McKinley Dixon Announces Spacebomb Records Debut ‘For My Mama And Anyone Who Look Like Her’

McKinley Dixon today announced his new album—and debut for Spacebomb Records—For My Mama And Anyone Who Look Like Her will be released on May 7th, 2021, and shared the captivating first single “make a poet Black” alongside its cinematic, Jordan Rodericks-directed video. The album is the final piece of a trilogy following two self-released LPs by the 2018 NPR Music ‘Slingshot’ artist, who has always used his music as a tool for healing, exploring, and unpacking the Black experience in order to create stories for others like him. For My Mama And Anyone Who Look Like Her is the culmination of a journey where heartbreak and introspection challenged Dixon to adapt new ways of communicating physically and mentally, as well as across time and space. “I think about the messaging, and how this can be a way for another Black person, someone who looks like me, to listen to this and process the past. Everything I’ve learned about communication for this album culminates with this bigger question about time. Is time linear when you’re still healing and processing?” he explains. “Storytelling is time travel, it’s taking the listener to that place. Quick time travel. Magic. These raps I’m making are no different than stories told around the campfire. They elongate the culture.” For My Mama And Anyone Who Look Like Her is now available for pre-order.

Of “make a poet Black,” Dixon explains, “The creation of the song ‘make a poet Black’ was at a pivotal moment, not only in my musical timeline, but my life. I was achieving a lot of milestones in the same week I lost someone integral to my childhood. The accumulation of stories involved this person and when they passed, I questioned the validity of my memories. I went through a sort of an impostor syndrome and had a lot of uncomfortable moments with myself. This resulted in a song that challenged who I was, challenged my intentions and created this narrative of me chasing a version of myself that I lost. ‘make a poet Black’ is the result of me questioning: what about trauma forces a Black person to feel the need to create?”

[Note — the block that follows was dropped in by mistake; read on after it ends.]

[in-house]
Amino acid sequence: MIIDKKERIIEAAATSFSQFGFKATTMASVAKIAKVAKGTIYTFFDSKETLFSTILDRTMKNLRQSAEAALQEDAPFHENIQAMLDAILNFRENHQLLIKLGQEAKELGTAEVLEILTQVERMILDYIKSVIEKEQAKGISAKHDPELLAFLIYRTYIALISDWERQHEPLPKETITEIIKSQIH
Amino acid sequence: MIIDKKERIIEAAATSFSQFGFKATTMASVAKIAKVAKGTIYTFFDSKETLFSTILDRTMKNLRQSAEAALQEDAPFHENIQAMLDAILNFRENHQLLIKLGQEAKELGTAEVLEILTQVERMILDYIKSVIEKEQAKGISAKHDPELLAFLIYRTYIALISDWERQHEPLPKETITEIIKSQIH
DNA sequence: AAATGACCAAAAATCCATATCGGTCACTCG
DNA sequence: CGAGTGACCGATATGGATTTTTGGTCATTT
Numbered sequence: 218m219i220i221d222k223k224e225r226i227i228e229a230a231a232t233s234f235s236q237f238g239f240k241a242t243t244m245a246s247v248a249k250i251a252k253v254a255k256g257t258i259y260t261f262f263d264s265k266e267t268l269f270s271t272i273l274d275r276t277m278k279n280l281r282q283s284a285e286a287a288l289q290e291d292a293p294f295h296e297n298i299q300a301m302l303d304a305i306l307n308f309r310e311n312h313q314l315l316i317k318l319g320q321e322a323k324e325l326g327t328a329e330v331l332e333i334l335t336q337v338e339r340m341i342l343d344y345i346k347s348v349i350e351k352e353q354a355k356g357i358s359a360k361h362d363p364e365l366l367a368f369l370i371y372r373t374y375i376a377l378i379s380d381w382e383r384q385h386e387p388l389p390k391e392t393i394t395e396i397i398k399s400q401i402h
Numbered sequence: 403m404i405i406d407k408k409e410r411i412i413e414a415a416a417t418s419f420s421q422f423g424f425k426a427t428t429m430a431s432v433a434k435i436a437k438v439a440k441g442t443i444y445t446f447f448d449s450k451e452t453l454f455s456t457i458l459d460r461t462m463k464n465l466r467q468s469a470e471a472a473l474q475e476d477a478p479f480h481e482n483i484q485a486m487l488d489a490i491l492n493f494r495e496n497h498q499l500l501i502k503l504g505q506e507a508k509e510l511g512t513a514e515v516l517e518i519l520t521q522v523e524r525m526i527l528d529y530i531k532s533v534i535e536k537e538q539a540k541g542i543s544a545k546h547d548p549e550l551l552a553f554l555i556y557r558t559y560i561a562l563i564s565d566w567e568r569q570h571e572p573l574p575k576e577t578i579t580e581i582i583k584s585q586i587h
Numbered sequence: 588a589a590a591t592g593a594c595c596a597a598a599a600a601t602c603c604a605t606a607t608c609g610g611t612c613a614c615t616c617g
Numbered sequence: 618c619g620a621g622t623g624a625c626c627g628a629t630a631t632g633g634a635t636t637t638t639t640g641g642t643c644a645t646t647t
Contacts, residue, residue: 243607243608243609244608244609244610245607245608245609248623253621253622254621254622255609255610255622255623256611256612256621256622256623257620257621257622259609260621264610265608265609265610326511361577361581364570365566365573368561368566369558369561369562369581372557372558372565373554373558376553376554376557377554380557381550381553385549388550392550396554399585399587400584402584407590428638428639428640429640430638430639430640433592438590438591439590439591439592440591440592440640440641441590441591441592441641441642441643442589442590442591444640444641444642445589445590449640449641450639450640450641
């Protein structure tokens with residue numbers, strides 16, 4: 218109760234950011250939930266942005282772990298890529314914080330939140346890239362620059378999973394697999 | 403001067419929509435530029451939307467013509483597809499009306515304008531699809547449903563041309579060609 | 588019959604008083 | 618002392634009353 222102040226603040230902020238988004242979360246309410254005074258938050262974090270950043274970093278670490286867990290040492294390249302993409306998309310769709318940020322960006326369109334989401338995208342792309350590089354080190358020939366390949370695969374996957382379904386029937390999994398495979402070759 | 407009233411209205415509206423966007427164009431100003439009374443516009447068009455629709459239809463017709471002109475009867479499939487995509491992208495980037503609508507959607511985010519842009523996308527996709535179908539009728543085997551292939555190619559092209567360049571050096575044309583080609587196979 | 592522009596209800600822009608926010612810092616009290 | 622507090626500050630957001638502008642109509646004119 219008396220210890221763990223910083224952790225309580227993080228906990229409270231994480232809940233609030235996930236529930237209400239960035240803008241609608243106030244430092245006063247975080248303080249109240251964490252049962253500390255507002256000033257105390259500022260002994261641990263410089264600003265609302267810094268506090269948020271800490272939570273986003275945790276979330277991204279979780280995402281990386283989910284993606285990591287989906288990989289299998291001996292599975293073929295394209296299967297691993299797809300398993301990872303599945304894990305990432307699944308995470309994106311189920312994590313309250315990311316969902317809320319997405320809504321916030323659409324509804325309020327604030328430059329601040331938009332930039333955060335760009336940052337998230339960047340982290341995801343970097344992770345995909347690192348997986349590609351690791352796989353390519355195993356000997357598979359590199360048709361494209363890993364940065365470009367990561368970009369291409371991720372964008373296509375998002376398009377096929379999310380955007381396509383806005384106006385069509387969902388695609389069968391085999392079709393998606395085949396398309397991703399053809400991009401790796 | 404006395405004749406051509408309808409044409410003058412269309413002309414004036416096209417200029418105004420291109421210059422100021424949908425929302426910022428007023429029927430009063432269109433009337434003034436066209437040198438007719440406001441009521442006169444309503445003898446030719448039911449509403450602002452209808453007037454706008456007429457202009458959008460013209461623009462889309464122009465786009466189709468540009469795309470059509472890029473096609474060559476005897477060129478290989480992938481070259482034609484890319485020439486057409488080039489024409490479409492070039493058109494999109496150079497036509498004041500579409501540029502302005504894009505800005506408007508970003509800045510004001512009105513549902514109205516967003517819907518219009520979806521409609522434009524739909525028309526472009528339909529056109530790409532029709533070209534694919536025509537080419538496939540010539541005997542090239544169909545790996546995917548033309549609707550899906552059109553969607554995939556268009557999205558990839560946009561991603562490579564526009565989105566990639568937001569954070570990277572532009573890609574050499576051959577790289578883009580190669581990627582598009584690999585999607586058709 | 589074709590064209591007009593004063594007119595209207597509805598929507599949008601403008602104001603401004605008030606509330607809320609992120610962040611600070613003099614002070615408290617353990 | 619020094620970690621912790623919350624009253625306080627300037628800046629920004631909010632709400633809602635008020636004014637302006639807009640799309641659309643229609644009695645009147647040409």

Rodericks adds of the video, “This track, with its strings and its narrative lyrics, begged for a music video with hints of a through line. The song speaks to McKinley’s journey—seeking answers from inside, above, and beyond—and the instrumentation has an eerie bent, so we leaned into that. Is it a dream, a fantasy, a flashback? We really just explored the track as we concepted.”